On average, nurses report significantly higher EHR satisfaction than physicians, according to the latest KLAS report. Today, nurses outnumber physicians in the United States four to one. The report, The Nurse EHR Experience: An Arch Collaborative Impact Report 2019 measures the nurse EHR experience and identifies opportunities for improvement in the nurse experience and what the nurse experience can teach other groups of clinicians about how to succeed with the EHR.
Nurses EHR Experience Difference Between Other Clinician Groups
KLAS reveals that the feedback from these nurses shows that they have a different experience with the EHR than do other clinician groups, and overall, nurses achieve significantly higher levels of EHR satisfaction than physicians—of the nurses surveyed to date, 62% are pleased with their EHR, 20% are frustrated, and 18% are indifferent. For an undetermined reason, nurses appear to get more patient-focused insights from the EHR than providers.
Other key findings include:
– Nurses have a higher Net EHR Experience score (NEES) than any other clinician group except allied health professionals
– The most satisfied nurses are those who work outside the US, followed closely by nurses who work in children’s hospitals.
– Regardless of organization type, nurses are more satisfied with the EHR than are physicians.
– Community hospitals (which the Arch Collaborative defines as standalone hospitals with <500 beds) are the only organization type in which nurses have a lower NEES than physicians in any organization type.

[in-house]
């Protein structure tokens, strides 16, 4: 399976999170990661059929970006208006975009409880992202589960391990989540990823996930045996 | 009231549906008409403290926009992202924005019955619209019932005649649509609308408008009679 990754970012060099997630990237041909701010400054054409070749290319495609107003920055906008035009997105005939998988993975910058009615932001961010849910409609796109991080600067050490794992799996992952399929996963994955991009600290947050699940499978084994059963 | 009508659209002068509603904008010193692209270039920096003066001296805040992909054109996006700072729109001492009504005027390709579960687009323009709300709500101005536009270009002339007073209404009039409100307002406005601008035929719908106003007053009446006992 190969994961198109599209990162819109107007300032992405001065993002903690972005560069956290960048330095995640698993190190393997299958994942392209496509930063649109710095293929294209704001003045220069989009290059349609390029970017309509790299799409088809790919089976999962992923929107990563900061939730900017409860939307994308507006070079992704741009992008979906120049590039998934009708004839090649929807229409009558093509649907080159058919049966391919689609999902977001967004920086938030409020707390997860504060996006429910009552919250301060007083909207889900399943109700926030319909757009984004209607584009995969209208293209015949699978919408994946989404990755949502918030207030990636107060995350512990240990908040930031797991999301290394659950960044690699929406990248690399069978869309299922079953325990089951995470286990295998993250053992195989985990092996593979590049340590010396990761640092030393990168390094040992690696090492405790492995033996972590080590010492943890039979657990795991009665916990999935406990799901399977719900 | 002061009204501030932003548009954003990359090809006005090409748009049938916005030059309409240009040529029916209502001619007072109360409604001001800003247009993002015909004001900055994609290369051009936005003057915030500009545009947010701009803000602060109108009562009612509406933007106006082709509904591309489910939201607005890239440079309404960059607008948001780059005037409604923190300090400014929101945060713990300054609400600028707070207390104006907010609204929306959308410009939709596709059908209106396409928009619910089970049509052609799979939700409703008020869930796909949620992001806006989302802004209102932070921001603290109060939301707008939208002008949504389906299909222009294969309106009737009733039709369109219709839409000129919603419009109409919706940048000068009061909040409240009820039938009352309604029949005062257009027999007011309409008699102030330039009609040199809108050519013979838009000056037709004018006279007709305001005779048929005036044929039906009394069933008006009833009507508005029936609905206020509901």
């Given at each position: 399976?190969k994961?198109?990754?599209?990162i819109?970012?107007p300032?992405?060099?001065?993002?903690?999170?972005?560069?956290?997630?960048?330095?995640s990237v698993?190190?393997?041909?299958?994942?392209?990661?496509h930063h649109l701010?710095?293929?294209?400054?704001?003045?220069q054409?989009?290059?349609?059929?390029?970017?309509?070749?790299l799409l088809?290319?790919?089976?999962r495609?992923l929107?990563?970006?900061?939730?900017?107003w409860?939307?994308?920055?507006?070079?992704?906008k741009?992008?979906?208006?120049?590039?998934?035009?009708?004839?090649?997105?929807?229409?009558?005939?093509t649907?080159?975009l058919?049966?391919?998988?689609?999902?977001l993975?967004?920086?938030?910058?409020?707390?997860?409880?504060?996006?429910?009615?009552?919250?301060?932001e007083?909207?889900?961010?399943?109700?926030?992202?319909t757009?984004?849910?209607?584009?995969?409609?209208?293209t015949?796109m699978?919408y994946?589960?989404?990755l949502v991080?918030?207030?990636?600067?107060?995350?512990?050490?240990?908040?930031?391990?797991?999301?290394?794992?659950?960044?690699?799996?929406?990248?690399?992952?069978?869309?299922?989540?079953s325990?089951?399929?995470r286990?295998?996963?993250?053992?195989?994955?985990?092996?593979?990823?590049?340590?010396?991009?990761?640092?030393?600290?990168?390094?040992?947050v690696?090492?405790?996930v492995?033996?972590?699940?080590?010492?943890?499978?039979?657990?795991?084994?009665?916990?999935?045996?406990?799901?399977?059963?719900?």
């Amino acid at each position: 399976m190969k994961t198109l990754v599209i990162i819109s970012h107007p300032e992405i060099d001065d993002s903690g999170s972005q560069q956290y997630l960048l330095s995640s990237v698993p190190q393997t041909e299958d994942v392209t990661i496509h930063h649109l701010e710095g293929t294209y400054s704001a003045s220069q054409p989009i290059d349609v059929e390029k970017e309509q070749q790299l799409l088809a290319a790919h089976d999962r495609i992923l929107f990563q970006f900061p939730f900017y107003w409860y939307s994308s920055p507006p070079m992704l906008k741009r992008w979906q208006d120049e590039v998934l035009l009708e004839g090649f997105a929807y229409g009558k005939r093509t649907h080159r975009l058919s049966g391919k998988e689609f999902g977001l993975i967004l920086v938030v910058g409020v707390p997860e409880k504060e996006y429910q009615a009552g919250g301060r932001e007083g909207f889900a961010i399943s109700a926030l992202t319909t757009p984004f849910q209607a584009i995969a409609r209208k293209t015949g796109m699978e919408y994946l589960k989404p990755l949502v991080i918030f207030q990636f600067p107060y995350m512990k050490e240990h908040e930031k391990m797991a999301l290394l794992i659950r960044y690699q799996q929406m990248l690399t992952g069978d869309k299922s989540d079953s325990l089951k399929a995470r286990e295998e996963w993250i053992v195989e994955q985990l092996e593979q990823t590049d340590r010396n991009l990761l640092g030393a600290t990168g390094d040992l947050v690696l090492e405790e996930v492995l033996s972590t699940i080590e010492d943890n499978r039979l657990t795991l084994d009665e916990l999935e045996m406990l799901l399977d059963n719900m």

– Nurses in community hospitals have an average NEES of 18.8, which is lower than the average NEES for physicians in the organization types with the highest physician EHR satisfaction—community health systems (NEES of 28.6) and children’s hospitals (NEES of 23.7).
– Nurses report particularly high levels of agreement that the EHR is reliable, has needed internal integration, keeps patients safe, and has the functionality needed for their specific clinical focus.
– Less than half of surveyed nurses agree that their EHR’s current external integration capabilities meet their expectations. However, only half agree to at least some extent that the EHR makes them as efficient as possible, and just over half agree that the EHR provides them with the analytics, quality measures, and reporting they need.
– When it comes to patient safety, nurses are more likely to agree that the EHR is helpful, and in fact, this is an area where nurses have some of their highest agreement: 67% of nurses agree or strongly agree, while less than half of providers (47%) do.
– And when it comes to the EHR’s ability to enable the delivery of patient-centered care, there is an 18-point difference between nurses and providers.
In conclusion, nurses are a group whose EHR use should receive additional exploration and research in the future as all clinicians can gain insights into how nurses approach the EHR.